Thursday, September 30, 2010


"This music video is a story about a world ravaged by war and technology. The few remaining humans must gain access to a cave inhabited by an ancient war machine. The humans must break their sacred rule to never use old technology, and capture "Ultima Speranza", the Wandering Titan."

I think this vid would be even better accompanied by mr jazzman's drumstep beat "Iron God: Sakupen Hell Yes" but that remix hasn't happened yet.

Wednesday, September 29, 2010

Latour on Avatar

The big news today is the official announcement that the Star Wars films (aka The Darth Vader Saga) are being reworked in 3D. This is an obvious case of "keeping up with the Joneses", or in this case the Camerons. Since Lucas is inviting comparison with Avatar it's a good occasion to consider sociologist Bruno Latour's reflections on that film.

If I had an agent, I am sure he would advise me to sue James Cameron over his latest blockbuster since AVATAR should really be called PANDORA’S HOPE! Yes, Pandora is the name of the mythical humanoid figure whose box holds all the ills of humanity, but it is also the name of the heavenly body that humans from planet Earth (all members of the typically American military-industrial complex) are exploiting to death without any worry for the fate of its local inhabitants, the Navis, and their ecosystem, a superorganism and goddess called Eywa. I am under the impression that this film is the first popular description of what happens when modernist humans meet Gaia. And it’s not pretty.

The REVENGE OF GAIA, to draw on the title of a book by James Lovelock, results in a terrifying replay of Dunkirk 1940 or Saigon 1973: a retreat and a defeat. This time, the Cowboys lose to the Indians: they have to flee from their Frontier and withdraw back home abandoning all their riches behind them. In trying to pry open the mysterious planet Pandora in search of a mineral —known as unobtanium, no less!—, the Earthlings, just as in the classical myth, let loose all the ills of humanity: not only do they ravage the planet, destroy the great tree of life and kill the quasi Amazonian Indians who had lived in edenic harmony with it, but they also become infected with their own macho ideology. Outward destruction breeds inward destruction. And again, as in the classical myth, hope is left at the bottom of Pandora’s box —I mean planet—because it lies deep in the forest, thoroughly hidden in the complex web of connections that the Navis nurture with their own Gaia, a biological and cultural network which only a small team of naturalists and anthropologists are beginning to explore. It is left to Jack, an outcast, a marine with neither legs nor academic credentials, to finally “get it”, yet at a price: the betrayal of his fellow mercenaries, a rather conventional love affair with a native, and a magnificent transmigration of his original crippled [sic] body into his avatar, thereby inverting the relationship between the original and the copy and giving a whole new dimension to what it means to “go native”…). I take this film to be the first Hollywood script about the modernist clash with nature that doesn't take ultimate catastrophe and destruction for granted — as so many have before— but opts for a much more interesting outcome: a new search for hope on condition that what it means to have a body, a mind, and a world is completely redefined. The lesson of the film, in my reading of it, is that modernized and modernizing humans are not physically, psychologically, scientifically and emotionally equipped to survive on their Planet. As in Michel Tournier’s inverted story of Robinson Crusoe, they have to relearn from beginning to end what it is to live on their island —and just like Tournier’s fable, Crusoe ultimately decides to stay in the now civilized and civilizing jungle instead of going back home to what for him has become just another wilderness. But what fifty years ago in Tournier’s romance was a fully individual experience has become today in Cameron’s film a collective adventure: there is no sustainable life for Earth bound species on their planet island.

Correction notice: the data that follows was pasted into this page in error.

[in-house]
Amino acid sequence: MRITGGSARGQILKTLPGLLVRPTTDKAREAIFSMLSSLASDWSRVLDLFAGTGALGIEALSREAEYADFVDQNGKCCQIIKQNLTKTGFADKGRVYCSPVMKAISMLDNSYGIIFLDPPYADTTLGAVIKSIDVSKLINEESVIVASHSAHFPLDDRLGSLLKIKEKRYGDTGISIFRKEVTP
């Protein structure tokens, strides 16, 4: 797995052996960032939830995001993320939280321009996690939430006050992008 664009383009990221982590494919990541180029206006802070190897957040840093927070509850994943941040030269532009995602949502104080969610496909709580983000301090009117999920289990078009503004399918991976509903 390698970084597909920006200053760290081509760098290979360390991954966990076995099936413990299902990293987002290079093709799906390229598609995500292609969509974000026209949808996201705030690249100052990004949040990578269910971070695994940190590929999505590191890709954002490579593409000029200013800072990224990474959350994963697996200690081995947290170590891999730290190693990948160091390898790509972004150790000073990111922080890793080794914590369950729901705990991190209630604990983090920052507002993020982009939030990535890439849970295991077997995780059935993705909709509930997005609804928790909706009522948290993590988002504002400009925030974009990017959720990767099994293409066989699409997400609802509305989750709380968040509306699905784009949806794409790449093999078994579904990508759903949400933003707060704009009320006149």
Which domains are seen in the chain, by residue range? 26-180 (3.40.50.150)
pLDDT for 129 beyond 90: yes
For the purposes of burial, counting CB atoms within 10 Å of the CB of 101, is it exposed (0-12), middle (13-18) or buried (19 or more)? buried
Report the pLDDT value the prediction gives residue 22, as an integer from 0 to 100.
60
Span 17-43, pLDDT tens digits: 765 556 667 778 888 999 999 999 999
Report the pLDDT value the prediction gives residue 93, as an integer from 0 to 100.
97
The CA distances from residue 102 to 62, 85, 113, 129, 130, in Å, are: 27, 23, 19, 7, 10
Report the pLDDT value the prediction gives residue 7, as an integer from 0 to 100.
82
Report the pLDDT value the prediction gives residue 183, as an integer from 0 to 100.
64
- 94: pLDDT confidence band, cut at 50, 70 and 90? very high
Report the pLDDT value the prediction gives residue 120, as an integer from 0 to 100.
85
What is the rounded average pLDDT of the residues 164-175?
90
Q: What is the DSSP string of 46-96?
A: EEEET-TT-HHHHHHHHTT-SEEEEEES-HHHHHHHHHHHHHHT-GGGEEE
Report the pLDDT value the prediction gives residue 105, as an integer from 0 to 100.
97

From the prologue of  'An attempt at a “Compositionist Manifesto”' which you can read on Latour's site.

Monday, September 27, 2010

Cosmic Engineers

Cosmic Engineers by Clifford D. Simak was originally serialized in Astounding Science-Fiction in 1939 and was later revised in 1950 for book publication. It's often mentioned along with Doc Smith's Lensman, Edmond Hamilton's Interplanetary Patrol, and Jack Williamson's Legion of Space as an epic space opera. It's a sweeping cosmic adventure that compares well with those more famous works and differs from them in some interesting ways.

In the year 6948 reporter Gary Nelson and photographer Herb Harper are en route to Pluto in their small ship, The Space Pup (which is propelled by space warping "geosector" engines) to stop hotshot pilot Tommy Evens from taking off for Alpha Centauri in an experimental FTL ship. As the two vector to the scene they spot a strange object. Gary investigates and discovers it's a small, derelict spaceship. Inside is a woman in suspended animation.